‘Laura Jones’ always goes down well, both with existing fans and those who have never seen me before. I usually play one or two blues numbers in my set as well, and if I’m getting towards the end and haven’t for some reason, someone will usually let me know. ‘Parking Ticket Blues’ and ‘I’ve Had Just About Enough Of You’ are both crowd favourites, and are always a fun way to end a show.
What is your creative process, and what inspires you to write your music?
I’m not sure I have a distinct process as such. I’ve heard of some songwriters treating it like a 9-to-5, and almost forcing themselves to be creative during an allocated part of the day, but I tend to write whenever the mood takes me. Occasionally a song pops out of nowhere, almost fully-formed. Often it’s a much more elongated process – I’ve got plenty of half-finished songs that have been knocking around for years. One thing that definitely works for me is writing at night. I’ve always been at my most creative in the wee hours, and perhaps that’s had an influence on my sound in some shape or form.
What kinds of messages do you like to get across in your music?
I’m a big fan of ambiguity in songwriting. Occasionally I’ll mention specific people or places, but more often than not I like to keep things as open to interpretation as possible. My songs may mean one thing to me and mean something completely different to a fan listening via Spotify on the other side of the world. As long as people are enjoying the music and engaging with the lyrics in a way that means something to them, then I’m happy. As with literary criticism, there’s never really a right or wrong answer!
Do you ever have disagreements in your band, and how do you get past them?
I’m fortunate in that I’m both a member of a band and a solo artist, so I’ve got the best of both worlds, in a way. Obviously with the solo side of things I’m completely in control, whereas with the band there’s a bit more give and take, and sometimes you have to compromise. But that’s part of being in a band – it’s like a family sometimes, and there will be disagreements and a differing of opinion, but with the Trees in particular we’ve been going for long enough to know how each other works, and luckily we work pretty well together. And when we decide we need a bit of time apart, we can each go off and make a solo album!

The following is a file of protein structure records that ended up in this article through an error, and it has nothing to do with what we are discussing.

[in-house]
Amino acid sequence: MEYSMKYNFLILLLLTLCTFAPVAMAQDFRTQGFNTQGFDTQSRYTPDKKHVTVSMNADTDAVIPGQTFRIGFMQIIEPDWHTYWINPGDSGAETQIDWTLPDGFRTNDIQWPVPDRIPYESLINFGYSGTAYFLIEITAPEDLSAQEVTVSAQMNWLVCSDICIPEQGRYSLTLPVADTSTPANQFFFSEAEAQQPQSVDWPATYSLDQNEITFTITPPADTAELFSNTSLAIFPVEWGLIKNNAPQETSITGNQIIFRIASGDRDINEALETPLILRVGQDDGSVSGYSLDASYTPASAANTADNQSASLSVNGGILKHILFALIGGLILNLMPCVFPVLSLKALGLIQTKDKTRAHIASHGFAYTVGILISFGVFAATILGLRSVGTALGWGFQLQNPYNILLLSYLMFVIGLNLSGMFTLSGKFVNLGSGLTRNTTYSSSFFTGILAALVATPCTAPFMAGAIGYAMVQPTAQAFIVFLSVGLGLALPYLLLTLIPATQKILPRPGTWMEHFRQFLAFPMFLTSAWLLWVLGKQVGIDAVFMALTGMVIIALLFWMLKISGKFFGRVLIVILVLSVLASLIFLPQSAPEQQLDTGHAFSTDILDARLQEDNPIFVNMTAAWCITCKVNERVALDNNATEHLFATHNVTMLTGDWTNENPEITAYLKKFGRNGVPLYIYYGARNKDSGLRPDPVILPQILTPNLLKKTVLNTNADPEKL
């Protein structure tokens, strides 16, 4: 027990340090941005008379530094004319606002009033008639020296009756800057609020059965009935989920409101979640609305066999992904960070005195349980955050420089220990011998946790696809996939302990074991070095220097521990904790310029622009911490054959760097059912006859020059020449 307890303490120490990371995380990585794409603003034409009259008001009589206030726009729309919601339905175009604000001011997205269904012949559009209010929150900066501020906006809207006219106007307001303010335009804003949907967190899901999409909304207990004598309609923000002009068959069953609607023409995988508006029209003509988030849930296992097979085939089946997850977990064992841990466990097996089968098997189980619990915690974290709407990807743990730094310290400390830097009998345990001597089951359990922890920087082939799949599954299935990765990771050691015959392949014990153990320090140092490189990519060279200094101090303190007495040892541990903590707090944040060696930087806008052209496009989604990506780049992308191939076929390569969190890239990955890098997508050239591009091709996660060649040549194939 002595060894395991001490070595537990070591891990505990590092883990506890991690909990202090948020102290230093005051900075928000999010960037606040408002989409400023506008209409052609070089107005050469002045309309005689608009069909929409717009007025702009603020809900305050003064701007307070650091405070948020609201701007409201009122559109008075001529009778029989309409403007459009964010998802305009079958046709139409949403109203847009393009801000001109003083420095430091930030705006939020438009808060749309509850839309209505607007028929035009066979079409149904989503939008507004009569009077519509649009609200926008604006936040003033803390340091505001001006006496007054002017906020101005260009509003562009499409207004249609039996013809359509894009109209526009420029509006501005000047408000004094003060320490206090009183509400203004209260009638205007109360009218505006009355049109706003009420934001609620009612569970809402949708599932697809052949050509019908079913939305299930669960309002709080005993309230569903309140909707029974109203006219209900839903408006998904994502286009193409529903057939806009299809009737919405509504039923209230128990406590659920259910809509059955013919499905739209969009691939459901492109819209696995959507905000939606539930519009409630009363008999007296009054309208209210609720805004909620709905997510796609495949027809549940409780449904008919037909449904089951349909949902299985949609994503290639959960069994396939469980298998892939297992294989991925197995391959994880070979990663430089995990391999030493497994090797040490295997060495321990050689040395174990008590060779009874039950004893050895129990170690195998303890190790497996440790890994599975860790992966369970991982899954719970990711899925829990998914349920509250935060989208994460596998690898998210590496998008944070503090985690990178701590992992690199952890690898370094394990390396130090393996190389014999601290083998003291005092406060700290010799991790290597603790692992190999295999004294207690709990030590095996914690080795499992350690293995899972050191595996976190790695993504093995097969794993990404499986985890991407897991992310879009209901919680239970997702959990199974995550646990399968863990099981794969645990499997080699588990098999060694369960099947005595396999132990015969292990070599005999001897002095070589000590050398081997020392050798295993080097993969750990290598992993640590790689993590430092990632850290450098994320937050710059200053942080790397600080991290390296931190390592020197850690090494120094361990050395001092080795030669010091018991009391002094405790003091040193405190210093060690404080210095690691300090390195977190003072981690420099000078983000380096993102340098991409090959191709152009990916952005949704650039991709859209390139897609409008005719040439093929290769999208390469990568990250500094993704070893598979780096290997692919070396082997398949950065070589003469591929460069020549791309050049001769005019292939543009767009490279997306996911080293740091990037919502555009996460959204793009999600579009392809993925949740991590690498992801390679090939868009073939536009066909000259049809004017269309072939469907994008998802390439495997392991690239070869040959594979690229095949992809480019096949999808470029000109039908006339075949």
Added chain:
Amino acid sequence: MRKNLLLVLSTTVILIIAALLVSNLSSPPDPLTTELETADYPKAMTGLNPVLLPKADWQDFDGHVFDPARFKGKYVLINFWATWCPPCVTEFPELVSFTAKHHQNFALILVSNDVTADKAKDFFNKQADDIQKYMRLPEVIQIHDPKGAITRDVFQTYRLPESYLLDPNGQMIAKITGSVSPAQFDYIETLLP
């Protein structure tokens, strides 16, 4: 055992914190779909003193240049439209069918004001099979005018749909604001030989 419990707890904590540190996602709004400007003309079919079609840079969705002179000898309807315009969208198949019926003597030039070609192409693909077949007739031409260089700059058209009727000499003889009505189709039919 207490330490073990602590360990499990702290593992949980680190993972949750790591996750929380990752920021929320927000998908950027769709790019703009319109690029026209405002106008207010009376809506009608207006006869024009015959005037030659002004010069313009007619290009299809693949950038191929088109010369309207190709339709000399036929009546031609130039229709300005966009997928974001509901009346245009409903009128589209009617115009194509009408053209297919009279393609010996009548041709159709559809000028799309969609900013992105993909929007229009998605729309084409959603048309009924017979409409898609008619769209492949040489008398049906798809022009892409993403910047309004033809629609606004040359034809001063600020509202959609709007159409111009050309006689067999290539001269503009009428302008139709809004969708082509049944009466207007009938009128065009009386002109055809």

What are your plans for the future, and do you have anything that you want to spotlight that's coming up?
My latest single ‘Leave The Light On’ is released on October 30th. It’s the fifth single from my ‘Fragments’, which is my debut solo studio album, in fact, and came out earlier this year on CD, tape and digital via Staylittle Music. ‘Leave The Light On’ follows on from previous singles ‘Tell Me’, ‘Hay-on-Wye’, ‘Pink Blossom Snow’ and ‘Laura Jones’, and is the opening track on the record. It’s also one of my favourites, so I’m really looking forward to seeing how people respond to it over the next few weeks, and the album in general, if they’re yet to hear it. Bandcamp is the best place to pick it up, by the way, and is where you’ll find all of my CDs, tapes, handwritten lyrics, posters, badges and bottle openers. Oh, and while I’m stuck at home I’m also recording personal videos featuring the song of your choice, so feel free to get in touch if you’d like one of those, or just to say hello! https://matthewfrederick.bandcamp.com https://www.matthewfrederick.co.uk